According to the Syrian Observatory for Human Rights (SOHR), by October 18 at least 134 Syrian mercenaries had been killed in Azerbaijan; 92 bodies have been repatriated. SOHR also asserts that at least 2,050 combatants were transported from Syria since the beginning of the armed conflict, in groups of 400 at a time. The FRANCE 24 Observers team was not able to independently verify these claims, nor speak to a Syrian fighter.

According to the British newspaper The Independent, which spoke to Syrian fighters who went to Azerbaijan, recruitment began in July, at the start of tensions between Azerbaijan and Armenia. The fighters were promised a sum of money between US$1,200 dollars (around €1,000) and US$1,500 dollars (around €1,250): a considerable salary in a country where an estimated 83 percent of the population lives below the poverty line, according to a 2019 report by the United Nations.

Fanny Alarcon covers the Middle East for the security and intelligence publication Intelligence Online. She explains:
It has almost become normal for Turkey to recycle its fighters in armed conflicts. They don’t cost a lot of money, they’re already trained: it’s easy labour.

These troops need a salary and know how to fight. Turkey officially got involved in the conflict in north-eastern Syria in 2017, 2018 and 2019. In each situation, Turkey didn’t want to bring over its own army, and instead used Syrian fighters, which could then be recycled as henchmen against the autonomous Kurdish authorities.

In the Nagorno-Karabakh conflict, they’re not openly supporting the conflict, like they did in Libya or in northern Syria. It’s not in the interests of the Azeri and Turkish authorities to use Syrian mercenaries: it doesn’t reflect well on them, particularly when these Syrian soldiers are filming themselves.

This video, published October 12, shows Syrian fighters on the front line in Nagorno-Karabakh. 'Go in front (…). We need more ammunition! Allah Akbar!' cries one of the mercenaries to the other soldiers.
Alarcon says that the different factions of the Syrian National Army have diverse ideological allegiances.
Each one of this groups has a position: they’re not jihadists. Turkey doesn’t employ those type of people. They are factions which formed at the beginning of the conflict and which come from north-western Syria, particularly from Aleppo. They consider themselves part of the Free Syrian Army, which was, at the time of the Syrian civil war, a moderate insurrection force against the Syrian regime and supported by countries such as France and the US. When the Syrian National Army was formed by Turkey in 2017 to bring together rebels, there was no ideological dimension anymore.

In the end, the motivating factor for Syrian mercenaries is to be paid, to have work and a salary. Some of them don’t seem sure of what they’re doing on the battlefield. Others are just mercenaries and their job is to fight.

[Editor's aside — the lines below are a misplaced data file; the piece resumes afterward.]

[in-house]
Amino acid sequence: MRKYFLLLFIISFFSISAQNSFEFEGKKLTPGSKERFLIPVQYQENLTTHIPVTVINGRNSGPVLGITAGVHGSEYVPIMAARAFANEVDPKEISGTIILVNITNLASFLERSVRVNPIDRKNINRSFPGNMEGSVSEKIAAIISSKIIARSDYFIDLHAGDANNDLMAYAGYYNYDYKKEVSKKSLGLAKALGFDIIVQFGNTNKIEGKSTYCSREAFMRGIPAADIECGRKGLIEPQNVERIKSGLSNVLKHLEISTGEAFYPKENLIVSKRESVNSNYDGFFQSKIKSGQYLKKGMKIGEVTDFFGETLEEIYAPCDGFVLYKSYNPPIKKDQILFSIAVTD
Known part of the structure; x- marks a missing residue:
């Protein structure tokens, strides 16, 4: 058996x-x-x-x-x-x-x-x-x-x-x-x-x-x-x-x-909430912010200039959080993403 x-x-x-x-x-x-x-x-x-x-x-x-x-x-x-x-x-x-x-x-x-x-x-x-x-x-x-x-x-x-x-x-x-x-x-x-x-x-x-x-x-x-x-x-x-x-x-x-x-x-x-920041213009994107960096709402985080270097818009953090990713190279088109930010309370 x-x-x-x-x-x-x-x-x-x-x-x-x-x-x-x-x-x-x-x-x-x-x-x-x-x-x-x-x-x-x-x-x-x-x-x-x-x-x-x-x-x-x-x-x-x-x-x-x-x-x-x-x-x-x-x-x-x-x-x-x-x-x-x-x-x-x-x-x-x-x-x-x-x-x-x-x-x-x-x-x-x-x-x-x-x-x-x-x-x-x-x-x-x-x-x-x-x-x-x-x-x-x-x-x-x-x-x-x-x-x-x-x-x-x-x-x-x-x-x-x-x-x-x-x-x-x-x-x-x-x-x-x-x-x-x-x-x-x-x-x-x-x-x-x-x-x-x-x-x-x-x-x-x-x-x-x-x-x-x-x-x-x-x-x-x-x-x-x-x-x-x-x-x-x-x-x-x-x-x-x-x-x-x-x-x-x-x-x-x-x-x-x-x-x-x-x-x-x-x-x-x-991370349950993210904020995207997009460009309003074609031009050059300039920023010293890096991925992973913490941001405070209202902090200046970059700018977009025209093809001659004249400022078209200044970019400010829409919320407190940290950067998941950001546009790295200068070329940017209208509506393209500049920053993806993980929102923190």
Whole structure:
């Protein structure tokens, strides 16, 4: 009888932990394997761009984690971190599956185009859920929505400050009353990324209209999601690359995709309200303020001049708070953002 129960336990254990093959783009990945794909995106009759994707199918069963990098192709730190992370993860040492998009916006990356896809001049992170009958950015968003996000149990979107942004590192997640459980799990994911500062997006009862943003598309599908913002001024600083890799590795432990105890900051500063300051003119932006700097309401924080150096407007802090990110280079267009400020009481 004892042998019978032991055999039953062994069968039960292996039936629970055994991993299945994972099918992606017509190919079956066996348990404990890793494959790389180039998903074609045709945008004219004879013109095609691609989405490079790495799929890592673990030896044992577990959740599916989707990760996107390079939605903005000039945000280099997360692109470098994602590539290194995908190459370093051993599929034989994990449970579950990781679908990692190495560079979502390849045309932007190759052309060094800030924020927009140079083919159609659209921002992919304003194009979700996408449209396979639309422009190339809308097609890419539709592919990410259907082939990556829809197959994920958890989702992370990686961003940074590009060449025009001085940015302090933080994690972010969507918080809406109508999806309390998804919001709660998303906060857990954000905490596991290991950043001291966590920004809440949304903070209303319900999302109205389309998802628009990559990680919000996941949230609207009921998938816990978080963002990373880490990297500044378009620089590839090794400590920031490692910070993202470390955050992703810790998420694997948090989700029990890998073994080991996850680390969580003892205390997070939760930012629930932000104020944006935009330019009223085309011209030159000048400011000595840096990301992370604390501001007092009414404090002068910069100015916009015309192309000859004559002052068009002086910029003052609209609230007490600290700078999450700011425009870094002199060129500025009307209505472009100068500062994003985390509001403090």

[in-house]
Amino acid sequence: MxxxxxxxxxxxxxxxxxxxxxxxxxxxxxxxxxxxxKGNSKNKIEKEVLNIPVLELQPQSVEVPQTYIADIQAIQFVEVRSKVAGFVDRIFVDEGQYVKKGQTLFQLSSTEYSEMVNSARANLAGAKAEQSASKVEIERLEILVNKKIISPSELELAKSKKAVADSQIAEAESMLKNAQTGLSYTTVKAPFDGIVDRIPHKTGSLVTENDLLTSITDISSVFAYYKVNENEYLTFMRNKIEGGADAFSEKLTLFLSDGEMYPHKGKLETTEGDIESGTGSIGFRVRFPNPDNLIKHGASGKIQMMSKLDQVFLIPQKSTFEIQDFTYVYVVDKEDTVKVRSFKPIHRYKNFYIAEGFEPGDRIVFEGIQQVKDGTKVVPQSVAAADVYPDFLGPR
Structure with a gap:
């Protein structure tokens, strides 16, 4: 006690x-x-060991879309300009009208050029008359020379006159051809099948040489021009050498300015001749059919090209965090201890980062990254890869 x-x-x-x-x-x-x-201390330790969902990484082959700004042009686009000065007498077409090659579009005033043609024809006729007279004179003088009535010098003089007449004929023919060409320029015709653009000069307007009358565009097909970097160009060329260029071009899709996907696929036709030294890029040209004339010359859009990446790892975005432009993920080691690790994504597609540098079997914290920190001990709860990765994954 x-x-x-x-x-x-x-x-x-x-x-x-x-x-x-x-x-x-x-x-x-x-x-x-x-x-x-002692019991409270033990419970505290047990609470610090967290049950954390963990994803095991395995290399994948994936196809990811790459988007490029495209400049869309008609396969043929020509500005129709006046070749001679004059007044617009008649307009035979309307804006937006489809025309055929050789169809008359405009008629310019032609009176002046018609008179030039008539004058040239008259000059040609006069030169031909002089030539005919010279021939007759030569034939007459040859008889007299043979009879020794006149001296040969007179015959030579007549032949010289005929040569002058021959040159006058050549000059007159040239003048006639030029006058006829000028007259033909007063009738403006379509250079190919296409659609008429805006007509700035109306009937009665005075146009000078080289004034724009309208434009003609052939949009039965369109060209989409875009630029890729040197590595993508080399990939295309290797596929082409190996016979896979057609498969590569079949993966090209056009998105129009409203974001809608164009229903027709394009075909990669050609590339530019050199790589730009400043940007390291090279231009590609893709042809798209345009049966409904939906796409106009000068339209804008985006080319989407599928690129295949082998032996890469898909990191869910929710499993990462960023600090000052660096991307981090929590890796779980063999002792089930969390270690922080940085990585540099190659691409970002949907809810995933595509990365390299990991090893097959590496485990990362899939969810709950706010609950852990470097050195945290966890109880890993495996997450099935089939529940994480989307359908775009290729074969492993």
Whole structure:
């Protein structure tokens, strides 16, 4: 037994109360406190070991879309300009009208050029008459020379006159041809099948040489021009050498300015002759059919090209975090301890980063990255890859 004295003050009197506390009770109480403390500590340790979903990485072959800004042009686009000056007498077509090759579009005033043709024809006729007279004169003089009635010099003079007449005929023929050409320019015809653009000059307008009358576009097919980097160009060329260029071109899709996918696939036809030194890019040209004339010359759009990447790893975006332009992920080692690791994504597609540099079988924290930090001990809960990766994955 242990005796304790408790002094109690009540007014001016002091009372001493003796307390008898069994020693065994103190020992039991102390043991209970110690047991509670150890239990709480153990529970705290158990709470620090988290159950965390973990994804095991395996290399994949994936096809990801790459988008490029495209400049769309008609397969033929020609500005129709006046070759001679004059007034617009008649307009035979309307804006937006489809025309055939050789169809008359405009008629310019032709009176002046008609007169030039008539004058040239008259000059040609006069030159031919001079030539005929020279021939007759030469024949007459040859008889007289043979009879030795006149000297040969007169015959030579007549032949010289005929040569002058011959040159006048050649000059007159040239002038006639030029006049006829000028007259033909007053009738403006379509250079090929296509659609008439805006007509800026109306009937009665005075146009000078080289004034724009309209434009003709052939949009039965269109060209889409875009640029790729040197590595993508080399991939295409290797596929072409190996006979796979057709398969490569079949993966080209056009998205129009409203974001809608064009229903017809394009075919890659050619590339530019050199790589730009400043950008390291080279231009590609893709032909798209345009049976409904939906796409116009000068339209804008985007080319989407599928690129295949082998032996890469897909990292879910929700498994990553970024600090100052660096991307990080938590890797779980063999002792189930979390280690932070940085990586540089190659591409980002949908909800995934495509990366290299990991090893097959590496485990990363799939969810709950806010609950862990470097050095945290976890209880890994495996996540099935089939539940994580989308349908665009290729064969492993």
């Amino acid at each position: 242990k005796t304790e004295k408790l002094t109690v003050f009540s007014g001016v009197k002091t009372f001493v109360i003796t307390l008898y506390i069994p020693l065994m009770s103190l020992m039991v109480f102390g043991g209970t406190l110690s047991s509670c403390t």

This young mercenary, identified by the researcher Elizabeth Tsurkov as Mustapha Qanti, 23 years old, filmed this video on the front line. He had been recruited by the Hamza division, initially to go and fight in Libya. In the video he says, clearly frightened, 'God, be merciful! Shards – get down!' 
This is another video by Mustapha Qanti which shows him finding ammunition left behind by Armenian soldiers. Internet users identified the location of the video as near the border town of Horadiz.
'In 2020, there aren’t any factions that don’t use religious language; it’s a given'
Other videos coming out of Syria show sheikhs or leaders of different factions trying to recruit Syrians in towns in north-western Syria, a region that has been particularly affected by extreme poverty and war. This video was verified by local media Afrin Post. It was filmed in Shayk al-Hadid, a town in Aleppo province near the border with Turkey. In it, a man urges the crowd around him to sign up to fight: “Our fight in Azerbaijan is the same fight as in the Levant. It is your duty to go to fight in Libya and Azerbaijan”. 

Alarcon continues:
The recruitment of soldiers is done through the Turkish intelligence service, which forms the Syrian National Army and chooses the faction leaders to bring them to Turkey and Armenia [as this article by Step News Agency shows]. It’s all done through the official state-run department, and not through private companies like the Russian company Wagner, which recruited mercenaries for conflicts in the Central African Republic or in Venezuela [Mondafrique recently published an article on this]. Religious language is much more present amongst Syrians since 2011. Radicalism has grown and is a central facet of the Syrian insurrectionist forces.

In 2020, there aren’t any factions that don’t use religious language; it’s a given. The most radical groups in the Syrian rebellion forces, like Ahrar al-Sham or the former Al-Nusra Front, have become very powerful over the course of the civil war and have pushed other factions, such as the mercenaries hired by Turkey, to adopt the same language.

Yerevan said on October 25 that its total military death toll had climbed to 963 deaths. Azerbaijan does not disclose its military casualties, but said that 65 civilians have died so far. It is estimated that half of the population of the disputed Nagorno-Karabakh region have been displaced by the clashes.